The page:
Amazon logo“Bottom line,” says ZD Net, “Amazon has no choice but to become more efficient than UPS and FedEx. If Amazon can use its own air fleet to even come close to its shipping vendors, it’ll potentially save billions of dollars simply by cutting out the middleman.”

Here’s a time-lapse video showing the new Prime Air Boeing 767 being readied for its debut this weekend at the annual Seafair air show in its corporate hometown of Seattle; more news coverage about Prime Air.

Amazon and UPS are both big employers in the Louisville area; UPS has 22,000 workers at its Louisville International Airport hub, and Amazon employs 6,000 at distribution centers in Jeffersonville and Shephardsville.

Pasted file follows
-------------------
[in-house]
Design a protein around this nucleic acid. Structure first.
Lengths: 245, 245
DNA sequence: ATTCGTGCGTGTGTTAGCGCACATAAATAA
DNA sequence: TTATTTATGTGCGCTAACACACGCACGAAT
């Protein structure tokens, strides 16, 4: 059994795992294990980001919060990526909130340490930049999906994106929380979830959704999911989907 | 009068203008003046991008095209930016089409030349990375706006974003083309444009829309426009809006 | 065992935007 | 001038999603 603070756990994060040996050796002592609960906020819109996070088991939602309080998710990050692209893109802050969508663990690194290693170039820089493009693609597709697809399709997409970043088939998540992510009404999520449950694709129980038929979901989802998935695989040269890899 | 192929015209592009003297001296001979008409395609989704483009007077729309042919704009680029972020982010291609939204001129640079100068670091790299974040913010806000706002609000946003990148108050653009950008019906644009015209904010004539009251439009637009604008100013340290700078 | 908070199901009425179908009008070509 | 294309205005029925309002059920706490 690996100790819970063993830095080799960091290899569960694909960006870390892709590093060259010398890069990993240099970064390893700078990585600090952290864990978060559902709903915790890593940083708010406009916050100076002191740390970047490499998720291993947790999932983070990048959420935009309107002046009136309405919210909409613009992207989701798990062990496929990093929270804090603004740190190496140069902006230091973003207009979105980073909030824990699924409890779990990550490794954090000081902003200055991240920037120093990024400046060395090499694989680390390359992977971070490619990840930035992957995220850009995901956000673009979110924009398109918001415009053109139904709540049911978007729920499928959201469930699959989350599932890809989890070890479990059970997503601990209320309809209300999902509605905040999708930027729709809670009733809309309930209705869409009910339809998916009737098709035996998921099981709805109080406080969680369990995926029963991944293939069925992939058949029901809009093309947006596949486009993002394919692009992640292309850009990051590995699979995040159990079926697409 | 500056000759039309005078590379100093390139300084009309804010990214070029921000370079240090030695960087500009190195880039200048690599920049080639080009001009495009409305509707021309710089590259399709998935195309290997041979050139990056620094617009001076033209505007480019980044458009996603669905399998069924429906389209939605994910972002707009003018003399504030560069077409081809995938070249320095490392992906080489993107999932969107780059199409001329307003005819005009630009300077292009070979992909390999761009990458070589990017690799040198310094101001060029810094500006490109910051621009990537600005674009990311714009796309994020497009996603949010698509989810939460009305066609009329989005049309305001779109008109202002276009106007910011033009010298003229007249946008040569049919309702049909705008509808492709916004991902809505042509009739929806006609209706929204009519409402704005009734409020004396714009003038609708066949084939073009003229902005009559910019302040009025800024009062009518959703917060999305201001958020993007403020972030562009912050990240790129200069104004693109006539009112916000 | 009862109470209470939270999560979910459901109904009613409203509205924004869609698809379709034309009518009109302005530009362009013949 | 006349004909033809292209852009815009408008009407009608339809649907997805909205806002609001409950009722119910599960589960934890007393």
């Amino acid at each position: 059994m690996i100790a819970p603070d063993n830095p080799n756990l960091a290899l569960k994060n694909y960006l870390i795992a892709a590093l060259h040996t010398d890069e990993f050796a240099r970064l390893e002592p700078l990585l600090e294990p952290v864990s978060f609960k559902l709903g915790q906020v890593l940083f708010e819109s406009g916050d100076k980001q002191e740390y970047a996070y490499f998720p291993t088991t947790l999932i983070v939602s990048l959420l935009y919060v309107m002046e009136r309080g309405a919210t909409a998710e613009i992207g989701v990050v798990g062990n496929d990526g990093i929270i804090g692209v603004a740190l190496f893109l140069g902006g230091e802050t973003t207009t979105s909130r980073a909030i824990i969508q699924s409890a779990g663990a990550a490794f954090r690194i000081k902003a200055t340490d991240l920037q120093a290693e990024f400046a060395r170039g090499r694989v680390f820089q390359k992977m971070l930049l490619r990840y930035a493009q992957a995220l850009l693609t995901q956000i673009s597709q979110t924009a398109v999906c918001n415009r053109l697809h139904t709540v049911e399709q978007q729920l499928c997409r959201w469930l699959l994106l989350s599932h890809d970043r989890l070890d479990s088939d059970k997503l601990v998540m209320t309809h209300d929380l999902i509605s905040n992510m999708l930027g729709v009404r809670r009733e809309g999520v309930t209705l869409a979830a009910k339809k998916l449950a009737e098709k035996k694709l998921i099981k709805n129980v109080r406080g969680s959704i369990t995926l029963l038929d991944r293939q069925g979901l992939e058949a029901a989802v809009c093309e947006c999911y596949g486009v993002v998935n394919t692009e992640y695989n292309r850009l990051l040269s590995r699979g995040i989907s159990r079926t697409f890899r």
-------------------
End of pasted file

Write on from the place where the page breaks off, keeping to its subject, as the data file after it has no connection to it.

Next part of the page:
KINDRED has just filed its detailed quarterly 10-Q report with the Securities and Exchange Commission. The hospital and nursing giant reported strong earnings on Thursday (SEC document).

HUMANA could lose its Justice Department battle to win approval for the insurer’s proposed $37 billion merger with Aetna, but Louisville’s economy could wind up a winner — if the history of GE Appliances’ auction is a guide (WDRB).

In other news, the Baxter Avenue Theatres is adding powered reclining chairs and a full bar to the seven-screen Highlands complex at Mid-City Mall, an approximately $500,000 upgrade that will start in October (Insider Louisville).

Louisville employer stocks jump again, as post-Brexit investor confidence rises; the Dow soars 285 points; and Walmart hits Amazon with free-shipping trial